B.C.'s restart likely headed into next phase this week: Dr. Bonnie Henry | iNFOnews | Thompson-Okanagan's News Source

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B.C.'s restart likely headed into next phase this week: Dr. Bonnie Henry

Provincial Health Officer Dr. Bonnie Henry and Minister of Health Adrian Dix provide an update on COVID-19 to the media.
Image Credit: Province of British Columbia
June 28, 2021 - 4:44 PM

“Things are looking really good” for B.C. moving into the next stage of its restart later this week, crushing heat wave aside.

Case numbers continue to fall and vaccination rates are rising, provincial health officer Dr. Bonnie Henry explained, noting that it’s the same right across the province.

Starting with daily numbers, Dr. Henry said over the last three days there were 145 new cases across B.C., 57 from Friday to Saturday, 50 on Saturday to Sunday, and 38 in the last 24 hours. Of these 26 were in Interior Health.In all, that raises the provincial total number of cases to 147,549.

There are currently 107 people in hospital and 37 in intensive care.

There were also five deaths; two in Fraser Health, two in Interior Health and one in Northern health. Of these, one fatality was a person in their 20s and they were from Interior Health.

Vaccination rates also rose by 180,000-plus doses over the weekend meaning today 78.1% of adults in BC vaccinated and 76.8% of people 12 and older have had their first COVID -19 vaccine.

Also, 30.5% of all adults in B.C. and 28.5% of people 12 and older have received their second dose.

What Dr. Henry highlighted as an important benchmark was, however, the virus’s reproductive rate over time. 

“What we can see is we now have a sustained low reproductive rate,” she said. “That means that for most people who are infected, they are not passing this virus on to anybody else.”

That, Dr. Henry said, how the pandemic, will “fizzle out over time.”

As long as B.C. residents continue to not have infectious contact, do the things they need to do to prevent transmission, the province will move forward.

“When we have clusters of cases now, instead of that being spread widely, it is people who are known contacts of cases,” she said. “So when they become infected, they're already being isolated so in that way, they no longer pass it on to anyone else. And that's how we come out of this pandemic.”

The modelling shows that as the province opens up more and social interactions start to increase exponentially, there will be some cases, clusters and transmission in certain situations again.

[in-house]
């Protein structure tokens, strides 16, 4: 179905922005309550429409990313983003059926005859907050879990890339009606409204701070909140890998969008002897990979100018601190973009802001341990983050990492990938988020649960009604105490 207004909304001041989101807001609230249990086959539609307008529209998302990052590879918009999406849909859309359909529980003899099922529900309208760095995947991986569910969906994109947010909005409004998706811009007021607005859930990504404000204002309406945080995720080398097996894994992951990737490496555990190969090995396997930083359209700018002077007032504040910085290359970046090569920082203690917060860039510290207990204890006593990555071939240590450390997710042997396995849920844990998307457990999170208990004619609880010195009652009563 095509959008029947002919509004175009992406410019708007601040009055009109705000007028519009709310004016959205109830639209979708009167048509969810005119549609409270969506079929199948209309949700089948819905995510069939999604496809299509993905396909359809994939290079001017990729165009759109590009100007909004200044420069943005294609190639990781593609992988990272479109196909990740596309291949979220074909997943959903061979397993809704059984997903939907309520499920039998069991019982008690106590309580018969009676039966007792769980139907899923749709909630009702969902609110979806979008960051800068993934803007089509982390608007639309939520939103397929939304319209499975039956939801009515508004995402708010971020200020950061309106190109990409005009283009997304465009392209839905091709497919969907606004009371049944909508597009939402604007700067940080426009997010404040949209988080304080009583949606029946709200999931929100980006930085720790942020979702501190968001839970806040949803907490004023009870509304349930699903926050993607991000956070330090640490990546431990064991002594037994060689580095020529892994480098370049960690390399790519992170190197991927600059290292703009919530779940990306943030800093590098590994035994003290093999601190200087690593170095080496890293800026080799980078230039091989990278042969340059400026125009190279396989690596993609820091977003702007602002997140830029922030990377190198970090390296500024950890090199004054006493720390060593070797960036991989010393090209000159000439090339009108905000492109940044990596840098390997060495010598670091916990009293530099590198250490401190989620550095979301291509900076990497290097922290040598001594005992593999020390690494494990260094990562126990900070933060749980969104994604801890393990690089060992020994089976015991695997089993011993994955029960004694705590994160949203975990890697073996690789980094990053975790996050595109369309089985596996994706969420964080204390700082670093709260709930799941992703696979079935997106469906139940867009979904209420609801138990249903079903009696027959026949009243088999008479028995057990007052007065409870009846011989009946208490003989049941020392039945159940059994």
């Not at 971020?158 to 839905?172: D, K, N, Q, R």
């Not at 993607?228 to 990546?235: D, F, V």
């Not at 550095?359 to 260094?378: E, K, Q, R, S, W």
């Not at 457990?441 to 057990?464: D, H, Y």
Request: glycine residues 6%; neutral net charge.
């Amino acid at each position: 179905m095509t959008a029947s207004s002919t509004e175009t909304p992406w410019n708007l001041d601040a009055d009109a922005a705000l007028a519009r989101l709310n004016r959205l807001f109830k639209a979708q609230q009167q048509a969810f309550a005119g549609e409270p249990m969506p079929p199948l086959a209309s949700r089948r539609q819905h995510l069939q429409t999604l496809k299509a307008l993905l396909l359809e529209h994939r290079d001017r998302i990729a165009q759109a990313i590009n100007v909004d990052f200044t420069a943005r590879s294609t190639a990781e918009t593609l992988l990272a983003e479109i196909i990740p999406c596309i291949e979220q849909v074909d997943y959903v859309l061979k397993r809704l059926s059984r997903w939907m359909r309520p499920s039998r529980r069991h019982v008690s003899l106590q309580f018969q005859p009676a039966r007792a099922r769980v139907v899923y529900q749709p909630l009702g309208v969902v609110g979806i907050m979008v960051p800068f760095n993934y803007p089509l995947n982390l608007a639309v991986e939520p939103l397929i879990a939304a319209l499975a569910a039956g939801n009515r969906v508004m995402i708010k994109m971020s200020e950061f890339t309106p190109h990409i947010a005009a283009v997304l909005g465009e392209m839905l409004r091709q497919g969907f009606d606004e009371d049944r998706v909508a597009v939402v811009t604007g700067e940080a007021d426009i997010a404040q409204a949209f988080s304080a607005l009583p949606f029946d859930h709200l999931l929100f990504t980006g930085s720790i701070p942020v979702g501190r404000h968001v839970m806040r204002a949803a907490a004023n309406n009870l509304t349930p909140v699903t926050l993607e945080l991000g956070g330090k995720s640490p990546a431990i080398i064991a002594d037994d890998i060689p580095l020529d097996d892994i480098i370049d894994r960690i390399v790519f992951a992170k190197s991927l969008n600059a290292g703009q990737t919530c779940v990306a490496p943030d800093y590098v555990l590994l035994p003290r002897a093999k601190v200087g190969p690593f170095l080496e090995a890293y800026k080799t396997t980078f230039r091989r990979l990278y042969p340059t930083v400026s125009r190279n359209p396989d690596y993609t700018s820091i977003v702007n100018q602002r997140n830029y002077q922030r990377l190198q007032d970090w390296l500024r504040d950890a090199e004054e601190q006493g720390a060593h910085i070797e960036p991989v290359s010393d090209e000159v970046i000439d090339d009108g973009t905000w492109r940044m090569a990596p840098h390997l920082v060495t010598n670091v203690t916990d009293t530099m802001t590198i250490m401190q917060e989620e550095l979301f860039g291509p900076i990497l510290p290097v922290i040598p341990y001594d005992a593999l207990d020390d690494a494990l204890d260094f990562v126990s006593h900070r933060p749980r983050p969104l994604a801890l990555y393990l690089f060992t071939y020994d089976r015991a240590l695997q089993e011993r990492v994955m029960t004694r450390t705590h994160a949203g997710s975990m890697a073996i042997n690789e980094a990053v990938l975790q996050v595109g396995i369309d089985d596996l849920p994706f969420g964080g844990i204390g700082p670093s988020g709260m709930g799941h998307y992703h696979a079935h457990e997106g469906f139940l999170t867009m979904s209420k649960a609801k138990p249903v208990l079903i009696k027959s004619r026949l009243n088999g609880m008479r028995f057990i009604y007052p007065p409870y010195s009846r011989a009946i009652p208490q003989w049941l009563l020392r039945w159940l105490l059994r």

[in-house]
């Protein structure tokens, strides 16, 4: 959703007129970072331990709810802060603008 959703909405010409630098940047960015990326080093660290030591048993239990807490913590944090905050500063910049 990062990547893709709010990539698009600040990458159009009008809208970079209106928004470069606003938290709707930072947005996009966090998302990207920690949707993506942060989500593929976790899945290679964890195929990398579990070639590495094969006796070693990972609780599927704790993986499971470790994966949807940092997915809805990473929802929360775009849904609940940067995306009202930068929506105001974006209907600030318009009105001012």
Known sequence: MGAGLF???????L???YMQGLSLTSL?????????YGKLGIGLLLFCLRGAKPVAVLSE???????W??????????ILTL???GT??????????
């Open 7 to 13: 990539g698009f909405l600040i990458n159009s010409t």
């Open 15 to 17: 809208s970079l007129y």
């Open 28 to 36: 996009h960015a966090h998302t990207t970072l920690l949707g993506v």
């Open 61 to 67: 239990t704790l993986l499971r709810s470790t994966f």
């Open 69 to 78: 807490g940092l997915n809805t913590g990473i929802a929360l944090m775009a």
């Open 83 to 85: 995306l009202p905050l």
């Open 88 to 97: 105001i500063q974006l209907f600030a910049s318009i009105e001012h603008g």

“But it's not likely that we're going to see that rapid increase in spread in the community the way we did, even in March, and that's because we know we have a solid base of protection through immunization, and we have a strong public health program to follow up in each of the cases and clusters as they occur,” she said.

All this goes into the planning for the next phase of the open up. 

“We need to remember that this is predicated on us doing everything we can to get immunization rates as high as it can be,” she said. “That is what is going to get us through the summer and allow us to get our lives and back into have those connections that we need.”

These are also the things that will help B.C. keep relatively normal lives moving into fall, assuming that there aren’t setbacks with variants.

While B.C. hasn’t seen a massive uptick in the Delta variant — it currently represents about 12% of cases — the version of COVID-19 that has pushed the UK back in its journey out of the pandemic, Dr. Henry said it’s being watched closely.

“I’ve said this a number of times, you know these variants aren’t little spaceships of their own,” she said. “They are strains of the virus that are affecting people and we know the same measures we take to prevent transmission wok no matter which strain of the virus you’re inflective with.”

There is a much lower margin of error for the variants that spread quickly.

“Yes, some of the data from the UK shows that it is more transmissible but the jury is out on that a little bit, but where we are seeing the transmission, is in pockets of unvaccinated people,” she said. “And we saw that in the UK, it is mostly younger people which means it’s not the same impact on hospitalizations.”

Nor does it have the same impact on mortality rates, and that she said is important to note.

To contact a reporter for this story, email Kathy Michaels or call 250-718-0428 or email the editor. You can also submit photos, videos or news tips to the newsroom and be entered to win a monthly prize draw.

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